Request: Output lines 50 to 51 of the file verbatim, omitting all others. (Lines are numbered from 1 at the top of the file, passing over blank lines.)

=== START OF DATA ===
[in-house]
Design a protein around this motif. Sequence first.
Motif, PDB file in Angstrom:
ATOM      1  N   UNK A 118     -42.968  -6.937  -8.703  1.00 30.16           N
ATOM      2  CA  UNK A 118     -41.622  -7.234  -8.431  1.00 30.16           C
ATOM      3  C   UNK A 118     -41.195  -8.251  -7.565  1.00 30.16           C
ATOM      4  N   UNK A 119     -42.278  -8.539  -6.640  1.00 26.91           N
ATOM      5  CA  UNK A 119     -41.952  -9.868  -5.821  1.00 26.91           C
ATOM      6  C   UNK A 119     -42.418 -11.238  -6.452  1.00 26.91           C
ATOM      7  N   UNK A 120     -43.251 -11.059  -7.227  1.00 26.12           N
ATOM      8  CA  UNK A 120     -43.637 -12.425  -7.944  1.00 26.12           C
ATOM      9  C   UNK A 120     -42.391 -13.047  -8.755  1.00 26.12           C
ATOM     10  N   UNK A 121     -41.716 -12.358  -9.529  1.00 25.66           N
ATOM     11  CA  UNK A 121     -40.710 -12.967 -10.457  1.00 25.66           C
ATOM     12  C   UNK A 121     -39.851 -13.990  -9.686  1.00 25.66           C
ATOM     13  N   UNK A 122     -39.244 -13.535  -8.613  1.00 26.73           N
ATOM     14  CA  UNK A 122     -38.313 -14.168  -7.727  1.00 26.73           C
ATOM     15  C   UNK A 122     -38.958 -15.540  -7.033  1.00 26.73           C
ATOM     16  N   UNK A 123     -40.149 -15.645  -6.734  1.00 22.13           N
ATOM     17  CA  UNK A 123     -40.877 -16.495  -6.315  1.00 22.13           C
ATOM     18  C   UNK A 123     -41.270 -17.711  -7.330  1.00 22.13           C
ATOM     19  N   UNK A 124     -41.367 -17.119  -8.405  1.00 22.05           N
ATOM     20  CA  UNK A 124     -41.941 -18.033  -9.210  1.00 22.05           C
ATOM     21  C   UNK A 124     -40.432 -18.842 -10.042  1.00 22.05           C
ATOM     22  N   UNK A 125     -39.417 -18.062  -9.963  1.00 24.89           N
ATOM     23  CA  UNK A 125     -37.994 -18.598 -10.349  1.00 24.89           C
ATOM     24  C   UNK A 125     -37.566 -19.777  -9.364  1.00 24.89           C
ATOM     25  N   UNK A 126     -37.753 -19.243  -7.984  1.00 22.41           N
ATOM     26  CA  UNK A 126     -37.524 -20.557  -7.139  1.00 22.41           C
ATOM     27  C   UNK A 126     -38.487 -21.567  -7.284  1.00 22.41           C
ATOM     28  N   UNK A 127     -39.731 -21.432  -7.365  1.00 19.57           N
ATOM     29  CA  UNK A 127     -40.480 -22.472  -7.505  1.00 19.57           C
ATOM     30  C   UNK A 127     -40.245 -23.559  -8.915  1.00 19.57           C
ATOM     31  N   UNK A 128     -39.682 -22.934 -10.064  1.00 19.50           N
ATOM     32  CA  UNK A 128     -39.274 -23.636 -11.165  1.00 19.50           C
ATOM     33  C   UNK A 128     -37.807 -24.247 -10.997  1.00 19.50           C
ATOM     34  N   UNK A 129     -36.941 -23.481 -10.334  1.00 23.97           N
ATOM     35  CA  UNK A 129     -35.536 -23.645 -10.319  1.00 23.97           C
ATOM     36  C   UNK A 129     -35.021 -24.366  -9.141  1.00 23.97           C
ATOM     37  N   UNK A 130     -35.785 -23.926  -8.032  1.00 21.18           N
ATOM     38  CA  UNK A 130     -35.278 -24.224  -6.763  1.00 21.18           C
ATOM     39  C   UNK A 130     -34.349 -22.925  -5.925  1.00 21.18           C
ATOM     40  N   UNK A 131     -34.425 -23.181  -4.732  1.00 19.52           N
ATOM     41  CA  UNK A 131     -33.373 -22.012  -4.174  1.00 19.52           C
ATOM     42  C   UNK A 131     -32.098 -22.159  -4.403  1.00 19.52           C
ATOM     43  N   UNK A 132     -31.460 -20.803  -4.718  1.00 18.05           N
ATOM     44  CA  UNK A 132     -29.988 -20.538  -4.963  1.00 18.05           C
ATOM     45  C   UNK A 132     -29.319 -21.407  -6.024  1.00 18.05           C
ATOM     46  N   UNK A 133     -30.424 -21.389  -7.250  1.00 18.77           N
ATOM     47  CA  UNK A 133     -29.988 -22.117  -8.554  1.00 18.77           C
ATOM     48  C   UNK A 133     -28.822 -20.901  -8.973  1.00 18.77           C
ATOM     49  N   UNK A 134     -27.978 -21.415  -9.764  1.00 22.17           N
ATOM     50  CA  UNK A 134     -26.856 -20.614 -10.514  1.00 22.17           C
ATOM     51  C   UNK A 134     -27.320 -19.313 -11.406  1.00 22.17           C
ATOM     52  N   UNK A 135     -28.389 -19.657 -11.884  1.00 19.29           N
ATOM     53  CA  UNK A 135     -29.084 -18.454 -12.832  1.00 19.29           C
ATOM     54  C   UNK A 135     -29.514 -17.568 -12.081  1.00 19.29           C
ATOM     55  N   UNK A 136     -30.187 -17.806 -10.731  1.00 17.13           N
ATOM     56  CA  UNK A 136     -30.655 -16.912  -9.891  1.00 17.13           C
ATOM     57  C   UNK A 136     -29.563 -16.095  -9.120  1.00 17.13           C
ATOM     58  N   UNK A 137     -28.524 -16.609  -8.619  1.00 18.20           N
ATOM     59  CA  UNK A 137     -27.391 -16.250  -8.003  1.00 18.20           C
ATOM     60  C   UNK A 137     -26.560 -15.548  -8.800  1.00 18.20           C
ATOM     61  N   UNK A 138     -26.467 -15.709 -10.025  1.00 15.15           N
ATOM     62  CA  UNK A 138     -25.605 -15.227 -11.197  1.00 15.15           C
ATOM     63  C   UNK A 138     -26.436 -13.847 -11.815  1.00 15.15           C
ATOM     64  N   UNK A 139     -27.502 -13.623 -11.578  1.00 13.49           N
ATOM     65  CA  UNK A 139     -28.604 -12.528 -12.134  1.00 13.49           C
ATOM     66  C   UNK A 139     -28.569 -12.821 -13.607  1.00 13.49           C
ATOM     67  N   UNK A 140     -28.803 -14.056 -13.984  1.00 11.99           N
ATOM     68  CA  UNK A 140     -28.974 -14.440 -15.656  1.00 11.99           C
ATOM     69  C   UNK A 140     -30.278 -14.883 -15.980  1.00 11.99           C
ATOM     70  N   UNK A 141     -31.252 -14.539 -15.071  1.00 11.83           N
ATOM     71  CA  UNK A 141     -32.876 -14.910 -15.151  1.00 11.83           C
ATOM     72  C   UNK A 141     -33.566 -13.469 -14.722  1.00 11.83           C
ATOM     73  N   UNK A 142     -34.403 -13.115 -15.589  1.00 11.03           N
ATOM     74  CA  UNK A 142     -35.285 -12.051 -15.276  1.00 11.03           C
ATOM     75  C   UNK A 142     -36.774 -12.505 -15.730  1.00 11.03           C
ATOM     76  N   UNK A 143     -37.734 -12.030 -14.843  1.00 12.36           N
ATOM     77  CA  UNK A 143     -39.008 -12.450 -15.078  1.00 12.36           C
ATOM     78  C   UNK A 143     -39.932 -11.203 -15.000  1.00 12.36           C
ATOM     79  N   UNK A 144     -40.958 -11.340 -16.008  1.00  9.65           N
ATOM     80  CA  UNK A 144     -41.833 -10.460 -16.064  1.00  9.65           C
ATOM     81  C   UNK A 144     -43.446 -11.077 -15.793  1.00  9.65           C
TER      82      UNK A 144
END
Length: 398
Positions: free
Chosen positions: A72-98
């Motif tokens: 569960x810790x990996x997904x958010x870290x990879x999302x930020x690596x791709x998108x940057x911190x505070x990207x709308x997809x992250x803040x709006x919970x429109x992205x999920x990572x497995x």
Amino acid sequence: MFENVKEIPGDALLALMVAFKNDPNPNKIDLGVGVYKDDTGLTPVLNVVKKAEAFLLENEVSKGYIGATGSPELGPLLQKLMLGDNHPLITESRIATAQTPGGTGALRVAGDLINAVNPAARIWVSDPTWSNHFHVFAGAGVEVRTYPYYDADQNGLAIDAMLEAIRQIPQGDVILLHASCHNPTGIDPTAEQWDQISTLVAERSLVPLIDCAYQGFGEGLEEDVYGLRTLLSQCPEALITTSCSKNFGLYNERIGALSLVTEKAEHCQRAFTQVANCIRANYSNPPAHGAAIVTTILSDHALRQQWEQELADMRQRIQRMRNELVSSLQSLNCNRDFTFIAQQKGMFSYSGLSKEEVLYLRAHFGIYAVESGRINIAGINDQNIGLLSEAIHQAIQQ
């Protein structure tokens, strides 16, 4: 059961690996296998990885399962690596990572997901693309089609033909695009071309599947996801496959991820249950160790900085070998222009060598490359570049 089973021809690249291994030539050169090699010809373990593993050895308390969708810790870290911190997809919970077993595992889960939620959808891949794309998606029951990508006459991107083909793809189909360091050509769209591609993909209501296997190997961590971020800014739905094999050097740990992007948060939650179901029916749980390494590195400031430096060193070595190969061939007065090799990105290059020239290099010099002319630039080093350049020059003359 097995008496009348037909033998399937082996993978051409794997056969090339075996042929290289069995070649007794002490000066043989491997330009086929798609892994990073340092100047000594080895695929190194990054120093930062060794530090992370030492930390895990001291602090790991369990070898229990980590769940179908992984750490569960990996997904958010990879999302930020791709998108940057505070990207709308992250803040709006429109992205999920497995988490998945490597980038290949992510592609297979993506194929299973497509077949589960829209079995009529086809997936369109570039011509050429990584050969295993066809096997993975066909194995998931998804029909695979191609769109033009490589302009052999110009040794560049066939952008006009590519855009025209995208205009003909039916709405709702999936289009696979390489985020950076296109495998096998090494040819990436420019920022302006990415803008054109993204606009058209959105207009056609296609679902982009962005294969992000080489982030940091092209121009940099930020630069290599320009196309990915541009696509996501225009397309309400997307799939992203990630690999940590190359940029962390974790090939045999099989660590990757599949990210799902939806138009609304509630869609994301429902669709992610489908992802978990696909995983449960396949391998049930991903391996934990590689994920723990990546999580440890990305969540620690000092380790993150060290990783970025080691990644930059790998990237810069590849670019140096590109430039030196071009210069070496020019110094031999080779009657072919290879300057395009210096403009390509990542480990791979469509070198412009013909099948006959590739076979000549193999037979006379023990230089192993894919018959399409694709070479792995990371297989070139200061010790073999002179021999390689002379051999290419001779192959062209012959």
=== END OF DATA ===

ATOM     47  CA  UNK A 133     -29.988 -22.117  -8.554  1.00 18.77           C
ATOM     48  C   UNK A 133     -28.822 -20.901  -8.973  1.00 18.77           C